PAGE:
Tuesday, March 3, 2009

‘Night owls’: Reset the physiologic clock in delayed sleep phase disorder

Robert Auger, MD

Assistant professor of psychiatry and medicine, Mayo Clinic College of Medicine Consultant, Mayo Center for Sleep Medicine, Rochester, MN

Delayed sleep phase disorder (DSPD)—characterized by a pathological “night owl” circadian preference—is seen most commonly in adolescents and is associated with psychiatric morbidity, psychosocial impairment, and poor academic performance. Proper identification of the condition can be enhanced with a variety of assessment tools, and successful treatment requires an awareness of potential endogenous and exogenous contributors.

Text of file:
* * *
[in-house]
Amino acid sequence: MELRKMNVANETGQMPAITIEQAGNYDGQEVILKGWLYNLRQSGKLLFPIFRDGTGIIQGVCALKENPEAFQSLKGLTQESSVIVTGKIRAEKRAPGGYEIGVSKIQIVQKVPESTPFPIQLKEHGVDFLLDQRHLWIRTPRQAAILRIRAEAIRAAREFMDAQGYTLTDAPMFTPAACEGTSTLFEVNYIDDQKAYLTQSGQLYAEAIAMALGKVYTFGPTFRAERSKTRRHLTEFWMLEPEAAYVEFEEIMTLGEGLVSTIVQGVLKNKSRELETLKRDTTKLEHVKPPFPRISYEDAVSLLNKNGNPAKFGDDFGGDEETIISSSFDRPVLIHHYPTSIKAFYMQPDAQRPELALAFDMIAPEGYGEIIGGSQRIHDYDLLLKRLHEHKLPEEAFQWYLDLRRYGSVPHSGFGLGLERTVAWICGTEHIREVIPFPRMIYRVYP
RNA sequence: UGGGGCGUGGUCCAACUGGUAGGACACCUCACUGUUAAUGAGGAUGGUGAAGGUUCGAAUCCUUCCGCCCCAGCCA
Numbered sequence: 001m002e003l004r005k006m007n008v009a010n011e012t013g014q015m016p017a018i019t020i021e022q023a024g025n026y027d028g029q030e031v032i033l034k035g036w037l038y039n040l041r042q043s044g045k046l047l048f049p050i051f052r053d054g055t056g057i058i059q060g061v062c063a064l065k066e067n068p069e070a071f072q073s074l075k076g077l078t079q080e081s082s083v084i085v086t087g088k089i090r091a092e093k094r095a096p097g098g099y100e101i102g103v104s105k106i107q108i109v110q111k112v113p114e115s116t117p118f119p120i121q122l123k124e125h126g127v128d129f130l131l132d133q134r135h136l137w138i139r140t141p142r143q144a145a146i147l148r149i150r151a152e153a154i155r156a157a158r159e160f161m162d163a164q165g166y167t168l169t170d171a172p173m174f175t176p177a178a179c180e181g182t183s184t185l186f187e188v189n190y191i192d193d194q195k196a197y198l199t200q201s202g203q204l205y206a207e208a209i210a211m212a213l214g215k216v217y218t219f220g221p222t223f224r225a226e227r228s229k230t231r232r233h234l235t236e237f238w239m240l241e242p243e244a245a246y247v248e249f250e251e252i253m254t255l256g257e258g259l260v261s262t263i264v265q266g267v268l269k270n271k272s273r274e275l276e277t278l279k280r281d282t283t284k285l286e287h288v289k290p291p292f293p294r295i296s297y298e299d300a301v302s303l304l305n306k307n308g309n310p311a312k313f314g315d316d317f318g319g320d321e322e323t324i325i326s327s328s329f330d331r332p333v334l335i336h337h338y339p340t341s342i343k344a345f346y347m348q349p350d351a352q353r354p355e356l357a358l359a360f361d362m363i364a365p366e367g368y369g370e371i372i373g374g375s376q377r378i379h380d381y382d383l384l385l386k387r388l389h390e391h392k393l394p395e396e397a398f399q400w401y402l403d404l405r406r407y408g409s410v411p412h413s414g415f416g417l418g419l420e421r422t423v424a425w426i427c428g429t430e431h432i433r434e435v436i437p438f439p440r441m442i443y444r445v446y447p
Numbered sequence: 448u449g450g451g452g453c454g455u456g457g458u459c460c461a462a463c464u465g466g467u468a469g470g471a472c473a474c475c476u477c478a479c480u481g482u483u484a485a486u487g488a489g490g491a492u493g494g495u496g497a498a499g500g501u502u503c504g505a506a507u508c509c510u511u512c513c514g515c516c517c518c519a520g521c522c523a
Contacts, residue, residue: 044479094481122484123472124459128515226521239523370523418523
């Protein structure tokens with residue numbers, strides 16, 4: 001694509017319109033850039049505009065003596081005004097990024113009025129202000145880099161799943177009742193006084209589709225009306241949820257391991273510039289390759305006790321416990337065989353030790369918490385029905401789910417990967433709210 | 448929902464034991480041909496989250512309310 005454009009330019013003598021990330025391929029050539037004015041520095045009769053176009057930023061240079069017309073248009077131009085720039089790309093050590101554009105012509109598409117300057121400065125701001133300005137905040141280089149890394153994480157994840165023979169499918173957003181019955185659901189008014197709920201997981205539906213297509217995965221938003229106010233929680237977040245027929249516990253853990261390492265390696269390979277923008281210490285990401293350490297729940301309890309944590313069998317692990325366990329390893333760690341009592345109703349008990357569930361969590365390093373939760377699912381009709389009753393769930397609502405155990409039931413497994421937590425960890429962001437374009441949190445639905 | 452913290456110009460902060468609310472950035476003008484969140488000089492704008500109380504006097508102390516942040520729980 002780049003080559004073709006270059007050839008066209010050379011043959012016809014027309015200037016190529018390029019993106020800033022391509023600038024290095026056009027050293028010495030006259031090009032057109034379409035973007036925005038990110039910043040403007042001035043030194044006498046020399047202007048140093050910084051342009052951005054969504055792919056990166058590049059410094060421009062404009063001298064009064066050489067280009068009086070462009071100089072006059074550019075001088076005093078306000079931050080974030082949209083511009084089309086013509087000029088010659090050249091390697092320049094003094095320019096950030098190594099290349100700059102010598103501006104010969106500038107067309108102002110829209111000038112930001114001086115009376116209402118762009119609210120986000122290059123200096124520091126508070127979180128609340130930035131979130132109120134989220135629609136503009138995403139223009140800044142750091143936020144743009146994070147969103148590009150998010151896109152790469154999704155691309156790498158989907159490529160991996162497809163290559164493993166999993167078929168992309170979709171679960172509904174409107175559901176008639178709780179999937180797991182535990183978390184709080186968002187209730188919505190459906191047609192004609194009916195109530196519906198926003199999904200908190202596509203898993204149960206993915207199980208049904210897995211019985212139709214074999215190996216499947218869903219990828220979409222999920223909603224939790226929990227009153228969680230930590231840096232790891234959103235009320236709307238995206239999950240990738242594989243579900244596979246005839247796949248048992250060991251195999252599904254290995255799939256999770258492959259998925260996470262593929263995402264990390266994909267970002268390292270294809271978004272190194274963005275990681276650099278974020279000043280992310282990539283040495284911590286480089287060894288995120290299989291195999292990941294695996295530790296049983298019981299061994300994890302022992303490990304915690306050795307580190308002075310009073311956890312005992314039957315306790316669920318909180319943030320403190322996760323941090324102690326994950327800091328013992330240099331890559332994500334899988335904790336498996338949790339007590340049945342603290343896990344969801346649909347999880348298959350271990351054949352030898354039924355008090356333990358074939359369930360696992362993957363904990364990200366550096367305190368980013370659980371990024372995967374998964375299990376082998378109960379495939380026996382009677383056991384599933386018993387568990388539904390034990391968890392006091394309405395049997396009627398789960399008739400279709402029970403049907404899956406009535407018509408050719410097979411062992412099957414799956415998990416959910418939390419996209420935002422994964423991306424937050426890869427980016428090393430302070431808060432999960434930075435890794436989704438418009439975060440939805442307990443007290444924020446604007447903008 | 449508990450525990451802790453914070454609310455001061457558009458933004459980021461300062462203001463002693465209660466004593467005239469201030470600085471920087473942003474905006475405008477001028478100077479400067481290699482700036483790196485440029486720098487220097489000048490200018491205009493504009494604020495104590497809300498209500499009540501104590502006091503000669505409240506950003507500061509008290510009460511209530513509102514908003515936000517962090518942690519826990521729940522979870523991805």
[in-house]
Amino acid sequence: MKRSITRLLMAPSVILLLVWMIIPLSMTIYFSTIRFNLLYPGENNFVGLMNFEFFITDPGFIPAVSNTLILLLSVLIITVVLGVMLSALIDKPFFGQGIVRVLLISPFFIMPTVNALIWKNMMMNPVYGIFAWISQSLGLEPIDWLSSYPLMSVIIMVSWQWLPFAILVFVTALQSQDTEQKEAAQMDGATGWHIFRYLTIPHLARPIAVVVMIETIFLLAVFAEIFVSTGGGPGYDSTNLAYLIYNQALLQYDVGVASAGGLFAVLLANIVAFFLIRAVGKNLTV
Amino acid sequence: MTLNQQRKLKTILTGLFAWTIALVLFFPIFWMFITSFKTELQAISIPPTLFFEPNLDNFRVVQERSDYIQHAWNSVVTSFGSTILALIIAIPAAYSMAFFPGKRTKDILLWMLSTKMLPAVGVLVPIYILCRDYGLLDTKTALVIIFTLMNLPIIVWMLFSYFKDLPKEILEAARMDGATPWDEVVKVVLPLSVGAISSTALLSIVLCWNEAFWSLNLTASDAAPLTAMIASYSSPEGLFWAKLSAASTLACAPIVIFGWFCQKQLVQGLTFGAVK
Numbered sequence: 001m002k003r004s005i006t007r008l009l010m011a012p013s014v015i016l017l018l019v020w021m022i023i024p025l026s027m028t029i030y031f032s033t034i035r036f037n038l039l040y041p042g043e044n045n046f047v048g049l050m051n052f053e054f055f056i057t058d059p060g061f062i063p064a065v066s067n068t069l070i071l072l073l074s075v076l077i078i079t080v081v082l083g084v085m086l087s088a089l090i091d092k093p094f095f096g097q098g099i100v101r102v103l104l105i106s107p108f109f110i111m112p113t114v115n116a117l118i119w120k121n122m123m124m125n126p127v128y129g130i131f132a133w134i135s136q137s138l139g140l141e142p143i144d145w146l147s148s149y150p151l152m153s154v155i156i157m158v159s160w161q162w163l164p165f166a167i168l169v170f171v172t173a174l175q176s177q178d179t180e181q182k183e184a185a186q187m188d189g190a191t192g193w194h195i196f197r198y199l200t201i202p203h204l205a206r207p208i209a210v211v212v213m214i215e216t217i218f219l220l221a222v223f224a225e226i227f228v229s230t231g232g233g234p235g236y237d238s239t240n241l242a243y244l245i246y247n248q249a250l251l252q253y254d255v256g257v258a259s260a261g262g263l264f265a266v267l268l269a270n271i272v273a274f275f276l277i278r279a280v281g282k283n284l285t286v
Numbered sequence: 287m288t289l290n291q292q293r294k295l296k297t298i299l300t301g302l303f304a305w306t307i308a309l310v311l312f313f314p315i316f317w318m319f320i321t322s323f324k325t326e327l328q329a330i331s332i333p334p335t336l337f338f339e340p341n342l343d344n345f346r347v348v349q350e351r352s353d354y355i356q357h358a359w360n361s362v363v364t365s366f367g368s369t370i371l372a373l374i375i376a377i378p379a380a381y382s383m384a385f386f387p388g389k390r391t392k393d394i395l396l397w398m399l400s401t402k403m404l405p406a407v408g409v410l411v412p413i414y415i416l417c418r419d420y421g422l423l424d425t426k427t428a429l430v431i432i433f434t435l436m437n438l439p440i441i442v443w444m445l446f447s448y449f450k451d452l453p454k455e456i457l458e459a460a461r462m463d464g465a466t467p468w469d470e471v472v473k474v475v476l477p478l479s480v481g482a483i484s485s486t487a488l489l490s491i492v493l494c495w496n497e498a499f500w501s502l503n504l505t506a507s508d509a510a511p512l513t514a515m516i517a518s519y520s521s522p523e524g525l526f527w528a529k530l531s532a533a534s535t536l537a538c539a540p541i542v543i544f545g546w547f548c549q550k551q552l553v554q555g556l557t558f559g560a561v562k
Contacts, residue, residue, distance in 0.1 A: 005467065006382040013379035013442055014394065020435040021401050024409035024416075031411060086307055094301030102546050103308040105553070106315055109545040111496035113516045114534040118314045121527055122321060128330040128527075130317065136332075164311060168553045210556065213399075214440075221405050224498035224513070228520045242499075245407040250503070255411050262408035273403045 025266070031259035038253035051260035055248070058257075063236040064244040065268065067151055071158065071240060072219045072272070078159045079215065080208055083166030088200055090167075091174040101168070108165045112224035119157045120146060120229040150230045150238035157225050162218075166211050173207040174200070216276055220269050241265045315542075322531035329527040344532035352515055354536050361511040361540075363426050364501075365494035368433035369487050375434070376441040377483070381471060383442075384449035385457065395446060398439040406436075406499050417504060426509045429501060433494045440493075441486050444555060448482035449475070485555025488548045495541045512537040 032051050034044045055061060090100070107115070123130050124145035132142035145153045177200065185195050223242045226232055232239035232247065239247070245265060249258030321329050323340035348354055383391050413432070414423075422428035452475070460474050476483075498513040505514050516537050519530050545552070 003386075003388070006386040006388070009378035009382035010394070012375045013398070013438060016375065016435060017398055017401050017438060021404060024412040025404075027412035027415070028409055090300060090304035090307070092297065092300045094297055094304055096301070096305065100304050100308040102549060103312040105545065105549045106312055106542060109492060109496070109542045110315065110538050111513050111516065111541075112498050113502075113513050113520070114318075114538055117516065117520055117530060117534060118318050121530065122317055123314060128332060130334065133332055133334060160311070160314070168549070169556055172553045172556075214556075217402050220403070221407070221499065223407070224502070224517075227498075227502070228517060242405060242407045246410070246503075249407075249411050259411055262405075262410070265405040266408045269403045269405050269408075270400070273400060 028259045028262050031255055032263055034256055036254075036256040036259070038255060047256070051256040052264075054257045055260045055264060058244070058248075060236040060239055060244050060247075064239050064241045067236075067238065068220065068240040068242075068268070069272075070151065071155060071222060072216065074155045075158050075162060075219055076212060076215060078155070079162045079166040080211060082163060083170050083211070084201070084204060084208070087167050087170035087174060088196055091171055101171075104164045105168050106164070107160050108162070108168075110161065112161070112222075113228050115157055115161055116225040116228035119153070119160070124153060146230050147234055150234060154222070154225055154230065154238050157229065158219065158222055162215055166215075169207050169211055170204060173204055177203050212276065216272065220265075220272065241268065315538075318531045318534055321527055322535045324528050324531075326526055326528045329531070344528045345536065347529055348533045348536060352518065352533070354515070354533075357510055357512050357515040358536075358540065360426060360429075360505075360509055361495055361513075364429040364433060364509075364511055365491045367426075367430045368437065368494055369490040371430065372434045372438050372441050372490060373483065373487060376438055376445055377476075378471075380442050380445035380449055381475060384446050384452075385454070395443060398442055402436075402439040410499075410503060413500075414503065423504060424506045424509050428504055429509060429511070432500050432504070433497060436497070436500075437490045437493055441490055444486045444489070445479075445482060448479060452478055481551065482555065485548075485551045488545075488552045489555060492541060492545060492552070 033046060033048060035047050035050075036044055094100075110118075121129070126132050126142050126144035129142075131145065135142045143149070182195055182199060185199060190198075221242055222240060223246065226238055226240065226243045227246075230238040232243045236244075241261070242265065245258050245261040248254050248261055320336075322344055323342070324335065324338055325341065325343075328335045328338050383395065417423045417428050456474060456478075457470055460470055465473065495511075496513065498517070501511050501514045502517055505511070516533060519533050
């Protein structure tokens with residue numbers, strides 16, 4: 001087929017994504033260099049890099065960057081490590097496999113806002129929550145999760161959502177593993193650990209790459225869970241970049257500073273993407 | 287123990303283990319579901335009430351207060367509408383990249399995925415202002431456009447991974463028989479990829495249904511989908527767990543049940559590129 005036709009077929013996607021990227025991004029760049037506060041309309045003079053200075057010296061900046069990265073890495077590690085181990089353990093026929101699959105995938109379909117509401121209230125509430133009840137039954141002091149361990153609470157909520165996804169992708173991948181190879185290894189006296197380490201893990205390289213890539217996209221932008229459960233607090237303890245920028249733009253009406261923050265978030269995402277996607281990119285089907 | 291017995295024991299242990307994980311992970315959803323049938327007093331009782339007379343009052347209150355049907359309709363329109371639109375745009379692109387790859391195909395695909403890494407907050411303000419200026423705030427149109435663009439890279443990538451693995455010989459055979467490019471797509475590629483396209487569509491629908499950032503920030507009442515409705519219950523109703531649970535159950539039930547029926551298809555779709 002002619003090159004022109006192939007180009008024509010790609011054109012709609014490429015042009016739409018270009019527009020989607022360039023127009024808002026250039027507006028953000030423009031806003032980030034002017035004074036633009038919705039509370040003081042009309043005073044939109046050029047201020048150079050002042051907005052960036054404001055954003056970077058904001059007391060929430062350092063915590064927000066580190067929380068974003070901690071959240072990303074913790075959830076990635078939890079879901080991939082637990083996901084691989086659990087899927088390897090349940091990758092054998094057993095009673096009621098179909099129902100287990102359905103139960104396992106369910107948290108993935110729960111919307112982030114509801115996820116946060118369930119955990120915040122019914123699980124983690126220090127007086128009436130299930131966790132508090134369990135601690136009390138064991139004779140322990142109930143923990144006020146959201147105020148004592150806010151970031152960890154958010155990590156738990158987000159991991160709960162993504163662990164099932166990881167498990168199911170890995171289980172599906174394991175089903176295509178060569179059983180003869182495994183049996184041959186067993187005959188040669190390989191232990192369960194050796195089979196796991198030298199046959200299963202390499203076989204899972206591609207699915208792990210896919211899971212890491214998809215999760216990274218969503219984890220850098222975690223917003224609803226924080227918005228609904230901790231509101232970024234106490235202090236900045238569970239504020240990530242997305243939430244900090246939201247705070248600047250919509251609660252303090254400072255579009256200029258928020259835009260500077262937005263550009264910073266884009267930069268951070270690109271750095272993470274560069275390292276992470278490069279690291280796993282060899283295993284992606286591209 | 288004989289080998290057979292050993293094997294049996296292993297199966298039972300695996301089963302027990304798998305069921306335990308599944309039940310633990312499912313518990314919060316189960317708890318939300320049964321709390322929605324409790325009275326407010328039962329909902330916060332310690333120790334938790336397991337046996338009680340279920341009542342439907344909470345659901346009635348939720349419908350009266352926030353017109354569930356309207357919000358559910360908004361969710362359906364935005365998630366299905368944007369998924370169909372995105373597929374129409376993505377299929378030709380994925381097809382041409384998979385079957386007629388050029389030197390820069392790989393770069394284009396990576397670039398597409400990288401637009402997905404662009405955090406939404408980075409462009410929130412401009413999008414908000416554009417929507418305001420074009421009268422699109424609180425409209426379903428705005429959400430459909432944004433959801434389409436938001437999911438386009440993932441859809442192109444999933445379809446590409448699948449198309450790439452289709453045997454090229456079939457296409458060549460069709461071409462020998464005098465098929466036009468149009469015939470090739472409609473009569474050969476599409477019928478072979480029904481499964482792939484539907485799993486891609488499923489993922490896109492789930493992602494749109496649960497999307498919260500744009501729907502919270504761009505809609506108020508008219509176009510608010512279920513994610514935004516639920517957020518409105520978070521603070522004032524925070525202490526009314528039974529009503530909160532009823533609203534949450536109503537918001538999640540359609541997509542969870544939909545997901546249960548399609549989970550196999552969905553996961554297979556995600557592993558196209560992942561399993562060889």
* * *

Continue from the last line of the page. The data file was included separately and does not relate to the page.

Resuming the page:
This article describes what is known about DSPD and uses the case example to illustrate diagnostic assessment and treatment choices. Intriguing data support various pathophysiologic explanations for DSPD. Facilitating the adjustment of patients’ physiologic clocks is the overall goal in managing DSPD.

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